The Golden Ages will have an MSRP of $59.95 and is tentatively slated for an October release.

In another press release, Stronghold Games announced that they would release Porta Nigra, from the superstar design team of Wolfgang Kramer and Michael Kiesling, as the first in their “Great Designer Series”. This honor was originally given to Age of Reason by Martin Wallace, but those plans are on hold indefinitely.


Porta NigraPorta Nigra (or black gate) is a large Roman city gate, located in Trier, Germany, and dating back to the 2nd century. The game is set in that place and time with the players taking on the roles of Roman architects working on the city gate of Porta Nigra.

In Porta Nigra, 2 to 4 players each command a master builder, who moves around a circular track on the game board, enabling players to buy or build only where this master builder is located. Moving the master builder to farther locations along the track is expensive, so players must plan their movements and builds carefully. The number and type of actions that players may perform on their turn is determined from cards that each player has in their personal draw deck.

The buildings in Porta Nigra are erected physically on the game board at the various locations in the city. This is accomplished with 3-D plastic building pieces, which gives Porta Nigra a beautiful and compelling look on the table.


Porta Nigra is set to be released in November of 2015 and has an MSRP of $69.95. Something tells me that this won’t be the last major announcement from Stronghold this year!

phpodcastIn Episode 176 of the Plaid Hat Games Podcast, owner Colby Dauch revealed that Plaid Hat will be taking a step into the world of Eurogames. The game is currently called Caravan, and it seems like they will be sticking with that name. As this is the first Eurogame that Plaid Hat will release, they are taking a very interesting approach by skinning it with two different themes: the “Spice Road Edition” will have players trading goods along the Silk Road, and the “Crystal Golem Edition” which will feature “wee people” that use crystals as magic to create golems which perform manual labor for them.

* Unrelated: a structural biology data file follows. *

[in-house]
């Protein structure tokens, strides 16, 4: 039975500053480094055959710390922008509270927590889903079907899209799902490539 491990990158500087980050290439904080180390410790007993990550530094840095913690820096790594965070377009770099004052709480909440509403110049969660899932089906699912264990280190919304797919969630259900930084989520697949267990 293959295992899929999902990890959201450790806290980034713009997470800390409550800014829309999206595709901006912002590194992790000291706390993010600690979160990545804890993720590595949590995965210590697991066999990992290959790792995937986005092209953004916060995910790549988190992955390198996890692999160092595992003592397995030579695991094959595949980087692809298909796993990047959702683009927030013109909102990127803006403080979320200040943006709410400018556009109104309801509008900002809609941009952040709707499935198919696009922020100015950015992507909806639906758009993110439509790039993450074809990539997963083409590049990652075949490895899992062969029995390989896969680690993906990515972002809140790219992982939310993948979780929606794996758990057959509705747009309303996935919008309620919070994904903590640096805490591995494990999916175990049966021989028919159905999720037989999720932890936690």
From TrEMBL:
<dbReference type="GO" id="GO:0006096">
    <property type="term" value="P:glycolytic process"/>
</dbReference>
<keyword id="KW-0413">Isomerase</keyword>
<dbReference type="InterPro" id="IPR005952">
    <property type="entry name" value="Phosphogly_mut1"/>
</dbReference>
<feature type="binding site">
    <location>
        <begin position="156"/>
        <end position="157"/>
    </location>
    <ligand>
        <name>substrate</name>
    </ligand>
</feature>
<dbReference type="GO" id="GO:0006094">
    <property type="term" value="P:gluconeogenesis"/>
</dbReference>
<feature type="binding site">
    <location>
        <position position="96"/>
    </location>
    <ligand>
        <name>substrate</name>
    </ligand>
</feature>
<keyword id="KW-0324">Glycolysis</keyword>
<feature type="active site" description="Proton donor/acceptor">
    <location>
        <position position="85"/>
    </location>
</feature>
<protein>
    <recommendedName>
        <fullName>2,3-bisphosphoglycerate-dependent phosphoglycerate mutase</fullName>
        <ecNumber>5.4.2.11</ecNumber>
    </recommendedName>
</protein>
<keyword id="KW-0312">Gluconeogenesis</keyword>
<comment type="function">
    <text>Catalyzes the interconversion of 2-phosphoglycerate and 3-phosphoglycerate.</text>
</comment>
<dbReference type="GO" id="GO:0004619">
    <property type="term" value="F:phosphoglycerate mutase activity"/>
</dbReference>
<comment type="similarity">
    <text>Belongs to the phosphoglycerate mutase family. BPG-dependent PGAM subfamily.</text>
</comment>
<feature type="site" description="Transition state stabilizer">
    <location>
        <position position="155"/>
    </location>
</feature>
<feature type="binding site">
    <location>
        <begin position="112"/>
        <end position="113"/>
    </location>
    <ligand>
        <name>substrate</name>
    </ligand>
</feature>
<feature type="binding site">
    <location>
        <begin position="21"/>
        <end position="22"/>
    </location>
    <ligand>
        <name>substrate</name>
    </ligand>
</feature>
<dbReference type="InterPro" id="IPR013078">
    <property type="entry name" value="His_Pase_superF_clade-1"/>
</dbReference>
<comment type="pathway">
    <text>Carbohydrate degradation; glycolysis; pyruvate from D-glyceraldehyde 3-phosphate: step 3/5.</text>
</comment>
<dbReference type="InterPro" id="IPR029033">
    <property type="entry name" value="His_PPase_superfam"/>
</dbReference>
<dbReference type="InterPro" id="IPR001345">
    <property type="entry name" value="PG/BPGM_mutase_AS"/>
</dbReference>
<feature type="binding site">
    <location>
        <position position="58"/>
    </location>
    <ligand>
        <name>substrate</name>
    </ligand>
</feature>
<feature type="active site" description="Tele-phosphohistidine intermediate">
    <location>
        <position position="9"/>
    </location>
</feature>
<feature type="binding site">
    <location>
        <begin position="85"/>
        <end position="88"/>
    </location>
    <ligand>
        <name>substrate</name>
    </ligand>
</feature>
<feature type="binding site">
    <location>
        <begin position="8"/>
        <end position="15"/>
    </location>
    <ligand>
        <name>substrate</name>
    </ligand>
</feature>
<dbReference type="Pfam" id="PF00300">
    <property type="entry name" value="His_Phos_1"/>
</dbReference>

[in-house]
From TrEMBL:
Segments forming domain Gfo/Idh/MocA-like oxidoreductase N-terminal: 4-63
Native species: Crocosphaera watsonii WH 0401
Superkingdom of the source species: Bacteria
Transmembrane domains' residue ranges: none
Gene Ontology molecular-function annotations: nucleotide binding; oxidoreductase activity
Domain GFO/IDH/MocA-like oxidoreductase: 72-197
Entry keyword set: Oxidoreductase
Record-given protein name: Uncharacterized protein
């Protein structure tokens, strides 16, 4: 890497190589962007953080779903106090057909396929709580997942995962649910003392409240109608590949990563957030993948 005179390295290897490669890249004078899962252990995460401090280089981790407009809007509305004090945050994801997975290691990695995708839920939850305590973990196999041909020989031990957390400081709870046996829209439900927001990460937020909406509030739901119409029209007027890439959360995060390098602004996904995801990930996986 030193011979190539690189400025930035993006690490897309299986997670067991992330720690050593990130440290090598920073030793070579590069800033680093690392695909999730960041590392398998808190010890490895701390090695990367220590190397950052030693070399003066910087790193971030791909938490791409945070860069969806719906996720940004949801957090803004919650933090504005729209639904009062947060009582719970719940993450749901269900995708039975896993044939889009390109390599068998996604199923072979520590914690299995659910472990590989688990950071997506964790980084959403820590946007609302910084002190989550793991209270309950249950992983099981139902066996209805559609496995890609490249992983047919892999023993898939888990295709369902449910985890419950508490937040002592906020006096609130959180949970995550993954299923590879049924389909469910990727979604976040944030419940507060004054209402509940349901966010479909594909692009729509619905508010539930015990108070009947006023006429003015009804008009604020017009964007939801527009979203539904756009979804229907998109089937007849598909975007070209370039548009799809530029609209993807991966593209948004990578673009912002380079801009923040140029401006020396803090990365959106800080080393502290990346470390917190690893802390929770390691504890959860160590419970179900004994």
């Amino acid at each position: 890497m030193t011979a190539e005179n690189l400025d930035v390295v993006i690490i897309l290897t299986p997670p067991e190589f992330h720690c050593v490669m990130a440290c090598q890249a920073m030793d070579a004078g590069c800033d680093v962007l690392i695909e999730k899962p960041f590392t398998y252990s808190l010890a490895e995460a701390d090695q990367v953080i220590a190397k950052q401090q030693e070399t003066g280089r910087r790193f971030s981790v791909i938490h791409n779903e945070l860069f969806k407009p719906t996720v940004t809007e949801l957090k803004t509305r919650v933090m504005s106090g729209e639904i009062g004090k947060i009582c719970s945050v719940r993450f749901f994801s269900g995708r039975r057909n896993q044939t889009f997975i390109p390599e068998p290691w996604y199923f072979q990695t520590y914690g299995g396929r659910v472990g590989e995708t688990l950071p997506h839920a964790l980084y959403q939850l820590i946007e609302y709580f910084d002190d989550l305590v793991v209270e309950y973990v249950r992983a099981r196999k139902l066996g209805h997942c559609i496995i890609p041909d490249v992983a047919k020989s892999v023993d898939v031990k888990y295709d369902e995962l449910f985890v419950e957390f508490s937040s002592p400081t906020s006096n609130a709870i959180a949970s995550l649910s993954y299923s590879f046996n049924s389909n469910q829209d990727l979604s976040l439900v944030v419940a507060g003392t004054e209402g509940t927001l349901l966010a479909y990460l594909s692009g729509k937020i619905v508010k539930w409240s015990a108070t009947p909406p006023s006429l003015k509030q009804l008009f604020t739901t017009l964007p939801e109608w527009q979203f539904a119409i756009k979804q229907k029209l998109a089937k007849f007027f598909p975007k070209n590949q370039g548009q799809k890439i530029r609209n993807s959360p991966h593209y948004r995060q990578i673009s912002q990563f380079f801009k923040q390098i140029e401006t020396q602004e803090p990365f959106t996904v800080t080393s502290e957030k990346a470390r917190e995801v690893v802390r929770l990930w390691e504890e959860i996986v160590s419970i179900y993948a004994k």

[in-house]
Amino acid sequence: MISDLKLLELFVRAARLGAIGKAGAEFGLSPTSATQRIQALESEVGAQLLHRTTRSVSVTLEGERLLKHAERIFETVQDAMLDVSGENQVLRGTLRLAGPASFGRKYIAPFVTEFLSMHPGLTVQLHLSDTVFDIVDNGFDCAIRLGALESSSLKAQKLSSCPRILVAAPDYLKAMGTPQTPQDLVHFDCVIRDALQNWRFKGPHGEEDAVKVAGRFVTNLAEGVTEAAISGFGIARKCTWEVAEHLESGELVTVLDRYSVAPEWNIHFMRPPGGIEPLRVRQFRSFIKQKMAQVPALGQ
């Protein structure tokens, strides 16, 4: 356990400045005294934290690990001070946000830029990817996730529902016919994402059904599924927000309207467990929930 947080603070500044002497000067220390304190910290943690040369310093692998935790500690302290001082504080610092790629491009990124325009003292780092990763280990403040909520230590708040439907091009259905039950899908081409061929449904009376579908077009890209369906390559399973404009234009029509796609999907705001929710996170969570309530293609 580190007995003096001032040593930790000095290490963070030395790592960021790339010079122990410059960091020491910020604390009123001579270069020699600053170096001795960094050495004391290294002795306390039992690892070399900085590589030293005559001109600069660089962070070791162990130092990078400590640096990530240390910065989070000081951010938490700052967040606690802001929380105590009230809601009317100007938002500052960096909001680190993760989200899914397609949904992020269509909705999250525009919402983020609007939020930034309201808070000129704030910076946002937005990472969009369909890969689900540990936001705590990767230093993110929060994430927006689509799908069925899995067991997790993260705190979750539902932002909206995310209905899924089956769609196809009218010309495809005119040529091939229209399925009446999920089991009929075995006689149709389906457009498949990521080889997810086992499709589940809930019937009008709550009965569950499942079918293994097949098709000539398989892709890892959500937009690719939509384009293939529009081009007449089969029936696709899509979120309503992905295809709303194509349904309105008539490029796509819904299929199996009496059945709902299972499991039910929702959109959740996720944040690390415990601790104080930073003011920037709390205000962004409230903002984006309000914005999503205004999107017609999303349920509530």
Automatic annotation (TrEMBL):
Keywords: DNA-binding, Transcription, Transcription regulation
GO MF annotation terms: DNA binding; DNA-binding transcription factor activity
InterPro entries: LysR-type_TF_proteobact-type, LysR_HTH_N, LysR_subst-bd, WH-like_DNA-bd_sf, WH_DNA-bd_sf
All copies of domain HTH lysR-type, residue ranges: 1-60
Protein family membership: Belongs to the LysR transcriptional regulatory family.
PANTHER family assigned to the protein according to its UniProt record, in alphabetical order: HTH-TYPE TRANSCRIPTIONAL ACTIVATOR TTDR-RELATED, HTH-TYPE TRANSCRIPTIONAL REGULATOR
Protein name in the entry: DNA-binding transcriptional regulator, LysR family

When asked if there will be content or rules which are different between the two editions, Colby said “my intention is that you don’t buy both. My hope is that you pick one.” He stated the reasoning behind this being that “maybe one style wouldn’t have grabbed your attention where another does.” He went on to explain that this will be very interesting market research which will show how the theme really impacts a game along with opening his markets up for resale.

Personally, I applaud Plaid Hat for their openness about the two games being identical with exception to the theme. There are a few board game companies out there who seem to just do a cash grab with their fans and seem to have no remorse about it. It’s nice to see that there are still good people out there.

Caravan, or whatever it might wind up being called, is still in playtesting, so it might be a while before this one gets announced formally.

ScytheFinally we have an update on Scythe, a Stonemaier Game release which is slated for a mid-October launch on Kickstarter.

In the June Stonemaier Games newsletter, Jamey Stegmaier included a teaser image of the figures that will be included in Scythe with a brief update on their creation:

[well]Jakub Rozalski (Scythe worldbuilder and artist) has been working with 3D sculptors to design the miniatures for each of the characters and each of the mechs. This is our first game that involves miniatures, so we’re sending them to our manufacturer (Panda) very early to avoid running into any miniature-related delays after the Kickstarter campaign.[/well]

Stonemaier’s attention to detail is second to none and it sounds like this game will be no exception. These minis look amazing, and you can see a larger image and read each character’s back story on the Stonemaier Games website.